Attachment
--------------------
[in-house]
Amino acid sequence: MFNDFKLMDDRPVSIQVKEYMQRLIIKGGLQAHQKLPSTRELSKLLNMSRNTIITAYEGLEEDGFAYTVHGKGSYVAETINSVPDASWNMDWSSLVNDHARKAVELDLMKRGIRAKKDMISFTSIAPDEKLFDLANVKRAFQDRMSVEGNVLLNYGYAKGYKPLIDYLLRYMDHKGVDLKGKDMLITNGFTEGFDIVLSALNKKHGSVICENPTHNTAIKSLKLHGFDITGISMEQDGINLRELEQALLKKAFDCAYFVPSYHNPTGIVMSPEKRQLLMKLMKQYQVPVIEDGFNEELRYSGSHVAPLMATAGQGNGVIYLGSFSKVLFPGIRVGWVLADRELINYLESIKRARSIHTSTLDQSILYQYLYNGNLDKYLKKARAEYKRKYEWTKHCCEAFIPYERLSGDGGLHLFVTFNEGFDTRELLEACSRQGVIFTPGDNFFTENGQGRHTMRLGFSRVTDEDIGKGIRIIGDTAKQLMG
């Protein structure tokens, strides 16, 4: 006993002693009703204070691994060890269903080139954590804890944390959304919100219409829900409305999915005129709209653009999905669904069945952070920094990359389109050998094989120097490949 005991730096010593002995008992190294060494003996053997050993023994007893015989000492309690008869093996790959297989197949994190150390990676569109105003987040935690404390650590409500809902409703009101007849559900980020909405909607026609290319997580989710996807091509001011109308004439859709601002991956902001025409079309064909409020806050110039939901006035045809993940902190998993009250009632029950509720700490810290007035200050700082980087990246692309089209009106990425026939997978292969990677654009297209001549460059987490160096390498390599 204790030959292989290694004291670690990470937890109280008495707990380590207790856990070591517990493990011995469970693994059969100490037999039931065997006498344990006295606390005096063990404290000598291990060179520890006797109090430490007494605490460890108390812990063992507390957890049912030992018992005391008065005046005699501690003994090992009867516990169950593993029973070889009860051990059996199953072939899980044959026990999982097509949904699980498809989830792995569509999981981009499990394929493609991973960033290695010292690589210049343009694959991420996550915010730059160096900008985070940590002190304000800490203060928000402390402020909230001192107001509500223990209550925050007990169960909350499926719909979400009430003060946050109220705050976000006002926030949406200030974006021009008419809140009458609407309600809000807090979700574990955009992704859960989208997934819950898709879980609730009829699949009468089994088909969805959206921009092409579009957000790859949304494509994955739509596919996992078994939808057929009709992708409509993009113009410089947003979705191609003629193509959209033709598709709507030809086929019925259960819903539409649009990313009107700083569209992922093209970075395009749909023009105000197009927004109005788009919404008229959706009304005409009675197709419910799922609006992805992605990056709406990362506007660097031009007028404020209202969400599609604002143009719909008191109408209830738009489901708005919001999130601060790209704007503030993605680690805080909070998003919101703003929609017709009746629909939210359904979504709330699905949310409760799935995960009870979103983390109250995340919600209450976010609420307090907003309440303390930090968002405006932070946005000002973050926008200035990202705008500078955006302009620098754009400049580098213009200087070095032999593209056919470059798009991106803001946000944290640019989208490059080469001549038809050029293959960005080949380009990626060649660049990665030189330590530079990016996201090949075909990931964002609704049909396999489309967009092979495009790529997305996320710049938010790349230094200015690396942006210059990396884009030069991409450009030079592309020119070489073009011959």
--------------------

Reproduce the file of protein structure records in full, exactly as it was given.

[in-house]
Amino acid sequence: MFNDFKLMDDRPVSIQVKEYMQRLIIKGGLQAHQKLPSTRELSKLLNMSRNTIITAYEGLEEDGFAYTVHGKGSYVAETINSVPDASWNMDWSSLVNDHARKAVELDLMKRGIRAKKDMISFTSIAPDEKLFDLANVKRAFQDRMSVEGNVLLNYGYAKGYKPLIDYLLRYMDHKGVDLKGKDMLITNGFTEGFDIVLSALNKKHGSVICENPTHNTAIKSLKLHGFDITGISMEQDGINLRELEQALLKKAFDCAYFVPSYHNPTGIVMSPEKRQLLMKLMKQYQVPVIEDGFNEELRYSGSHVAPLMATAGQGNGVIYLGSFSKVLFPGIRVGWVLADRELINYLESIKRARSIHTSTLDQSILYQYLYNGNLDKYLKKARAEYKRKYEWTKHCCEAFIPYERLSGDGGLHLFVTFNEGFDTRELLEACSRQGVIFTPGDNFFTENGQGRHTMRLGFSRVTDEDIGKGIRIIGDTAKQLMG
């Protein structure tokens, strides 16, 4: 006993002693009703204070691994060890269903080139954590804890944390959304919100219409829900409305999915005129709209653009999905669904069945952070920094990359389109050998094989120097490949 005991730096010593002995008992190294060494003996053997050993023994007893015989000492309690008869093996790959297989197949994190150390990676569109105003987040935690404390650590409500809902409703009101007849559900980020909405909607026609290319997580989710996807091509001011109308004439859709601002991956902001025409079309064909409020806050110039939901006035045809993940902190998993009250009632029950509720700490810290007035200050700082980087990246692309089209009106990425026939997978292969990677654009297209001549460059987490160096390498390599 204790030959292989290694004291670690990470937890109280008495707990380590207790856990070591517990493990011995469970693994059969100490037999039931065997006498344990006295606390005096063990404290000598291990060179520890006797109090430490007494605490460890108390812990063992507390957890049912030992018992005391008065005046005699501690003994090992009867516990169950593993029973070889009860051990059996199953072939899980044959026990999982097509949904699980498809989830792995569509999981981009499990394929493609991973960033290695010292690589210049343009694959991420996550915010730059160096900008985070940590002190304000800490203060928000402390402020909230001192107001509500223990209550925050007990169960909350499926719909979400009430003060946050109220705050976000006002926030949406200030974006021009008419809140009458609407309600809000807090979700574990955009992704859960989208997934819950898709879980609730009829699949009468089994088909969805959206921009092409579009957000790859949304494509994955739509596919996992078994939808057929009709992708409509993009113009410089947003979705191609003629193509959209033709598709709507030809086929019925259960819903539409649009990313009107700083569209992922093209970075395009749909023009105000197009927004109005788009919404008229959706009304005409009675197709419910799922609006992805992605990056709406990362506007660097031009007028404020209202969400599609604002143009719909008191109408209830738009489901708005919001999130601060790209704007503030993605680690805080909070998003919101703003929609017709009746629909939210359904979504709330699905949310409760799935995960009870979103983390109250995340919600209450976010609420307090907003309440303390930090968002405006932070946005000002973050926008200035990202705008500078955006302009620098754009400049580098213009200087070095032999593209056919470059798009991106803001946000944290640019989208490059080469001549038809050029293959960005080949380009990626060649660049990665030189330590530079990016996201090949075909990931964002609704049909396999489309967009092979495009790529997305996320710049938010790349230094200015690396942006210059990396884009030069991409450009030079592309020119070489073009011959």